The rising cost of finishing Baha Mar


Retired inspector Tom Rickards.


Tribune Chief Reporter


EACH day that Baha Mar sits unused is costing investors hundreds of thousands of dollars, according to a veteran engineering inspector, who urged the future buyer of the $3.5bn mega resort to demand due diligence.

Retired inspector Tom Rickards warned that lengthy delays at the stalled project increased the risk of the structure having to be stripped down and completely reconstructed from the ground up.

Mr Rickards insisted that due diligence was an inevitable step in maximising the value of Baha Mar, and advised that officials prepare for the process and assist in a professional manner. He underscored that openness would result in the greatest payoff to the citizens of the Bahamas, as he outlined testing techniques vital to such an endeavour in a letter to The Tribune.

“Any serious owner or buyer will demand due diligence,” he said, “and bring in new and completely independent engineering resources to determine if the original engineering, including structural, HVAC, and all other design elements were in general accordance with commonly accepted building standards.”

“If the engineering is found acceptable, any serious potential buyer will then require detailed examination of the strength of the concrete used in the project, and the proper placement and coverage of the reinforcing steel within.”

Mr Rickards added: “If the supporting structure reveals the correct strength of concrete, and correct construction and coverage of the reinforcing steel, a rigorous examination of the air conditioning duct work will be required, so that the degree of mould and mildew present, if any, is manageable.”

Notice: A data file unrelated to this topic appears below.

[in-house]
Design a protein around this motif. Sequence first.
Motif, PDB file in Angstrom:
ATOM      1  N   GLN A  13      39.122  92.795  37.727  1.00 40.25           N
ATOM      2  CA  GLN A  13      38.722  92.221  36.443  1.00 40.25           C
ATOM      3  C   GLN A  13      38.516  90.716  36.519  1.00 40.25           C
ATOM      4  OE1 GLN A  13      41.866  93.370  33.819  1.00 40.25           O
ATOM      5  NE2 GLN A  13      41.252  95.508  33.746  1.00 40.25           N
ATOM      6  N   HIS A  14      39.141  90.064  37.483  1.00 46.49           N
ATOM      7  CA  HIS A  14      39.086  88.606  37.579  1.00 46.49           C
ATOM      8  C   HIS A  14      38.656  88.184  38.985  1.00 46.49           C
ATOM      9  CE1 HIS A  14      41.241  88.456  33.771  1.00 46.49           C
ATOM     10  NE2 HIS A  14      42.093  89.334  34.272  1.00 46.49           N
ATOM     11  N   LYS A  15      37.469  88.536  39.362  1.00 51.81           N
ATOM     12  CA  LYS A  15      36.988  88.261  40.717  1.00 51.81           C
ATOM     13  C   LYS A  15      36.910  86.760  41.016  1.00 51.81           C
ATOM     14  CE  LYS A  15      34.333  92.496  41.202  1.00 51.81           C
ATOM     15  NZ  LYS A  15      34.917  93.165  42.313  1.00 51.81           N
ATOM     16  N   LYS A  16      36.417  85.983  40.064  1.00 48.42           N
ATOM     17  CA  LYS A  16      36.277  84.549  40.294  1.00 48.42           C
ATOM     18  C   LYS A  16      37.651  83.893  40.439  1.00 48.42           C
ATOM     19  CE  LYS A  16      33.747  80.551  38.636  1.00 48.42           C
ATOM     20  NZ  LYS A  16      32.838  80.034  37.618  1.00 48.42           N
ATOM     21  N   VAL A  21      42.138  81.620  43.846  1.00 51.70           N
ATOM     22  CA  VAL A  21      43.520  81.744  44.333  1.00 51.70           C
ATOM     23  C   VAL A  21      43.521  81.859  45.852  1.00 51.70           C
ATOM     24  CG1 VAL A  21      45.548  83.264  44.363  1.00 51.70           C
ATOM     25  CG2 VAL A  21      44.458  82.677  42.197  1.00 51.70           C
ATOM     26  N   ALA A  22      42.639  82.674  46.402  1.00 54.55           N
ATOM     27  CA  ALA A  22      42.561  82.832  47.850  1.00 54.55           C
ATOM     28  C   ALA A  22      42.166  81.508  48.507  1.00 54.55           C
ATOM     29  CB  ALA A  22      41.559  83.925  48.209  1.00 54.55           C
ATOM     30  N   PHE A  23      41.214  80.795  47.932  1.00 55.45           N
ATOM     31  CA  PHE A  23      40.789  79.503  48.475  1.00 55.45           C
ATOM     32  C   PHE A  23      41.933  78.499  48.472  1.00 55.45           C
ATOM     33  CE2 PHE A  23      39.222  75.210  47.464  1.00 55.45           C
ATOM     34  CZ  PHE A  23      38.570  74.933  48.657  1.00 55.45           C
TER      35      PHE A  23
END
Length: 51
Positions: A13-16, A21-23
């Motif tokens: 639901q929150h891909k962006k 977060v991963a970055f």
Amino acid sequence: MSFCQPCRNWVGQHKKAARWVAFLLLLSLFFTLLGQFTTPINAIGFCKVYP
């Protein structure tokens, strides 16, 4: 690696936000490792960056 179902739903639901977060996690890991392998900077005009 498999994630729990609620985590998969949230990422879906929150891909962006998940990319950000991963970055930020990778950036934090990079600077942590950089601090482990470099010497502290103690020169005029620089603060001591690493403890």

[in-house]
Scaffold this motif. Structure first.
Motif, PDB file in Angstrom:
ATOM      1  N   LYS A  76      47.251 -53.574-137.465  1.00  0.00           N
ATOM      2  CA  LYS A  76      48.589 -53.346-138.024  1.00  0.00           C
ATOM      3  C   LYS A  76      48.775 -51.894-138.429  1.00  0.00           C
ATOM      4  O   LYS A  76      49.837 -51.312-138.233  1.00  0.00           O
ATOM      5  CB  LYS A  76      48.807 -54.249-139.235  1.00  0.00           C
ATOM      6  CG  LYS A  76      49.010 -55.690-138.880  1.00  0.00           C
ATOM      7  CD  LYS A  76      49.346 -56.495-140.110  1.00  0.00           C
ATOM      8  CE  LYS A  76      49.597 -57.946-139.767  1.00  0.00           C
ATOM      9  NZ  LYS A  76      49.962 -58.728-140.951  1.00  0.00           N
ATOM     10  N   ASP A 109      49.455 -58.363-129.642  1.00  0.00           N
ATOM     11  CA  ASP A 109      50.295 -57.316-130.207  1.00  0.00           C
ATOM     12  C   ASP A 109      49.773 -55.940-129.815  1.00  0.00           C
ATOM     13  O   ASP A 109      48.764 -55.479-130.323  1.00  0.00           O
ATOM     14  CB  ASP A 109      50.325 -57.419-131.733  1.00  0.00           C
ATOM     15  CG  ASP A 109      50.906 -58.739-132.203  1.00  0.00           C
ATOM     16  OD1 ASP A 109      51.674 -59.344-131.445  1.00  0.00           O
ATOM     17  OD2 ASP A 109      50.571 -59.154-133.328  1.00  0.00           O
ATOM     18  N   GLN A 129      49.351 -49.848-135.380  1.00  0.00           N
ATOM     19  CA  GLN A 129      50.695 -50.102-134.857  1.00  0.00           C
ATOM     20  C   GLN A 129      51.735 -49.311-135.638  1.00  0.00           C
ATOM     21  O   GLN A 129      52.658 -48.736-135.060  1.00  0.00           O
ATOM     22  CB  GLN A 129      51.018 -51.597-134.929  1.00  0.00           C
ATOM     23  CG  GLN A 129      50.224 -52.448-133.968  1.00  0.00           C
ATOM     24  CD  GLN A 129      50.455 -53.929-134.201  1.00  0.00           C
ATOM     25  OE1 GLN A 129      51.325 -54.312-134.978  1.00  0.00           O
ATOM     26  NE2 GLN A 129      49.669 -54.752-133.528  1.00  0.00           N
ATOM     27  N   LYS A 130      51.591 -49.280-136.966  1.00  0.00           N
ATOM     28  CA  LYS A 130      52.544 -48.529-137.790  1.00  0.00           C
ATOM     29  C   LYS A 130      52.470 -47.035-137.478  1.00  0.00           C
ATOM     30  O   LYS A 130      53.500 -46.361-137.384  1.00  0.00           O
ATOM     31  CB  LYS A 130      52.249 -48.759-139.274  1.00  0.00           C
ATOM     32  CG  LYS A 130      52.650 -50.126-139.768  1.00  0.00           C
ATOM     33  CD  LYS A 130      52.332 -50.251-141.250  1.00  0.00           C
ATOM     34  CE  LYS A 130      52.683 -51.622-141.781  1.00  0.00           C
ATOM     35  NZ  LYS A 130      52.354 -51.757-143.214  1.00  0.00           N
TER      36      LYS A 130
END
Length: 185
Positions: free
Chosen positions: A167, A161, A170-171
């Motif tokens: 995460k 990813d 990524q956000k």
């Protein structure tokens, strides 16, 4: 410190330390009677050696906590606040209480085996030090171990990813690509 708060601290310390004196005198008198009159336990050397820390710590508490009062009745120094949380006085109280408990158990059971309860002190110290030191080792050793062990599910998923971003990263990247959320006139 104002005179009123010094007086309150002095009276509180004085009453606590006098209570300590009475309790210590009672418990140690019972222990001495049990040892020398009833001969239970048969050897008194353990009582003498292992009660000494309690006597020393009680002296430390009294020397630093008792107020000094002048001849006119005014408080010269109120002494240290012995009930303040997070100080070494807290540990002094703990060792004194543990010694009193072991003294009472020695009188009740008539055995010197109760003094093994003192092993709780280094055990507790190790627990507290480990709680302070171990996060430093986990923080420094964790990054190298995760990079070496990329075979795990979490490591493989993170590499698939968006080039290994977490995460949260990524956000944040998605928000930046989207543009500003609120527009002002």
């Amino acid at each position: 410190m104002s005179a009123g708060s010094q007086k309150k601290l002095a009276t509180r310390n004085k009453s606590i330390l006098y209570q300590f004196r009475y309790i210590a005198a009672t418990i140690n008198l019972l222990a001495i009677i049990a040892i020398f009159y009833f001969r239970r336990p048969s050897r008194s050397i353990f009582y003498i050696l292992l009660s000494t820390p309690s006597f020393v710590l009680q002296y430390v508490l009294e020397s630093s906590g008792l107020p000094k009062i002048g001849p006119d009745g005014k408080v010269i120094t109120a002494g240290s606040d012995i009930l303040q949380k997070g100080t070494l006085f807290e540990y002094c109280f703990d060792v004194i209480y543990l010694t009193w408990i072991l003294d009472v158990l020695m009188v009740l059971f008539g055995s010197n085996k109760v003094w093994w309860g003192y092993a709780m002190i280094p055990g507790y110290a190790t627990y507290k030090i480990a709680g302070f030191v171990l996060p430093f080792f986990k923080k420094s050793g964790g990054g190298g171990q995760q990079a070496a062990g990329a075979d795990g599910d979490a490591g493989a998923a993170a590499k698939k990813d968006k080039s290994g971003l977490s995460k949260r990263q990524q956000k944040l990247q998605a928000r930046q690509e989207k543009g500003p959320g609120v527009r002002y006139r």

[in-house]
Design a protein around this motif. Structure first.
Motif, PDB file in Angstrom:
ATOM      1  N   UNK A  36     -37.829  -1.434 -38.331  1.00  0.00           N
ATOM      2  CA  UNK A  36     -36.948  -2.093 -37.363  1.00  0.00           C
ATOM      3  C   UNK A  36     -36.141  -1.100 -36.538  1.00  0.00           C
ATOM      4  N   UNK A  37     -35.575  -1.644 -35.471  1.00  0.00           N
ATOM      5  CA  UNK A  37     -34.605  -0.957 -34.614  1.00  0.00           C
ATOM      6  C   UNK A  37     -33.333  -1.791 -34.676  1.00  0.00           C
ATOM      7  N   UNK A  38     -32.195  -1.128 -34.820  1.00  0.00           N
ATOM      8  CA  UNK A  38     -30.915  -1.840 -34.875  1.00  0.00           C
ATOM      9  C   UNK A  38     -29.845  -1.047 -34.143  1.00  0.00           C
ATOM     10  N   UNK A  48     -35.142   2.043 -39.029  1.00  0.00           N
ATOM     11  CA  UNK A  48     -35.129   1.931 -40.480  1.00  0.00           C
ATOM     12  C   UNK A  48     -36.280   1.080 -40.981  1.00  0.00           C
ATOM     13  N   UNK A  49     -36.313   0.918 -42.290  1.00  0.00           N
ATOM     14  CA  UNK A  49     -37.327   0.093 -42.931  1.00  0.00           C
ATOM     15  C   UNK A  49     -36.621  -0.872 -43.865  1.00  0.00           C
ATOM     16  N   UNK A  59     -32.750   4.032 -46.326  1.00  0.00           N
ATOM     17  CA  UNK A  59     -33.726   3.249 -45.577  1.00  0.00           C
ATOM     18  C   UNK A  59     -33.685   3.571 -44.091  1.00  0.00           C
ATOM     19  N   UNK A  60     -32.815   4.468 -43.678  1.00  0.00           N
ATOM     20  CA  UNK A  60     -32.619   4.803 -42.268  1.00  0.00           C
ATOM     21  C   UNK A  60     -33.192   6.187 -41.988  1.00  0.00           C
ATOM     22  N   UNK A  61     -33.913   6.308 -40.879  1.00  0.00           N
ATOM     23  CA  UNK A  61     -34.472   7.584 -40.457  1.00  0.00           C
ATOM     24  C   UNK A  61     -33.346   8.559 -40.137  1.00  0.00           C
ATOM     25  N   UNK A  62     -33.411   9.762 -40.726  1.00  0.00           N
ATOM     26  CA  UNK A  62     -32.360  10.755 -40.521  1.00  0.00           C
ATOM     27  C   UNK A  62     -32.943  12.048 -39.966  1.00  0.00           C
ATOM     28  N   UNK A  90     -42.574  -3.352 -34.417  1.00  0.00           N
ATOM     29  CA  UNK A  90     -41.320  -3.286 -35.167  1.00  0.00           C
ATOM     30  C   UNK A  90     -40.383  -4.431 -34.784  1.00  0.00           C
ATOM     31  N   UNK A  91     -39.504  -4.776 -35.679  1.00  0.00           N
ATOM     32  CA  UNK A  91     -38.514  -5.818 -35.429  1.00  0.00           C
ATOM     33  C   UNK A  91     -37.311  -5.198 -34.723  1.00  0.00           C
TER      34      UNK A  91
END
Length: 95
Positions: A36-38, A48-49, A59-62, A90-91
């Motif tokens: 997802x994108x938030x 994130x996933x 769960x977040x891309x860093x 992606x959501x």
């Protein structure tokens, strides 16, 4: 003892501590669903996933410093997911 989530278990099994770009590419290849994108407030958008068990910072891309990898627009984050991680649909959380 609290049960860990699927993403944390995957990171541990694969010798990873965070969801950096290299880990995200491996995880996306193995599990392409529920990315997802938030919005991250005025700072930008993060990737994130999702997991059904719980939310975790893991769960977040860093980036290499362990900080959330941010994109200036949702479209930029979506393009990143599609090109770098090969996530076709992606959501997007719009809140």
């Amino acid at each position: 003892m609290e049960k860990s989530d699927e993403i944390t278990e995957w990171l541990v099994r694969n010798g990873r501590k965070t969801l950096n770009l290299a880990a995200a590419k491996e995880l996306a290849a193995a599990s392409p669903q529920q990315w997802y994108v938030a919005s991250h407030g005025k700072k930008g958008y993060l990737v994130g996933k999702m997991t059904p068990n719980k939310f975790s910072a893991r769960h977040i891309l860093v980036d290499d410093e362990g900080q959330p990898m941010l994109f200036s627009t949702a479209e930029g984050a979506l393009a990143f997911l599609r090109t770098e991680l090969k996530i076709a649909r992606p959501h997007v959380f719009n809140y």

Mr Rickards, 68, lives on Windemere Island, Eleuthera. Prior to his retirement, he managed the physical testing section of Pittsburgh Testing Laboratory in Miami, Florida for more than a decade. At the testing lab, he evaluated and tested the materials and methods of construction in very large structures, some he said, even larger than the stalled Cable Beach resort.

“After investigating hundreds of projects overall, and dozens larger and more complicated than Baha Mar, we found many common findings and reached conclusions owners or potential buyers of a stalled project had to accept,” he said.

“Data was gathered over a period of days and weeks, sometimes months, depending on how long the project lay dormant, and the depth of the inquiry by the owner or potential buyer.

“We used a wide array of testing techniques, including x and gamma ray radiography, magnetic inspection, and multiple methods of testing concrete strength.”

Baha Mar was initially slated to open December 2014, but faced a series of delays, which it blamed on its general contractor, China Construction America (CCA) Bahamas.

The resort filed for Chapter 11 bankruptcy protection in a US court last June; however, the cases for the resort’s Bahamian properties were thrown out.

Last October, the Supreme Court put the resort into receivership at the request of the Export Import Bank of China.

A formal sale process for the project began in March when Baha Mar’s court appointed receivers hired a Canadian real estate firm to market the project to potential buyers.

Last month, Prime Minister Christie touted the government’s success in negotiations with the EXIM Bank and CCA’s parent company over the stalled resort, saying all parties have entered into a “framework agreement” to complete the project “as expeditiously as possible.”

However, he gave no concrete resolution on the issue of payment to unsecured Bahamian creditors, only saying they would be “considered” during the re-mobilisation process, adding that negotiations were underway to agree to appropriate timelines and a schedule for completion.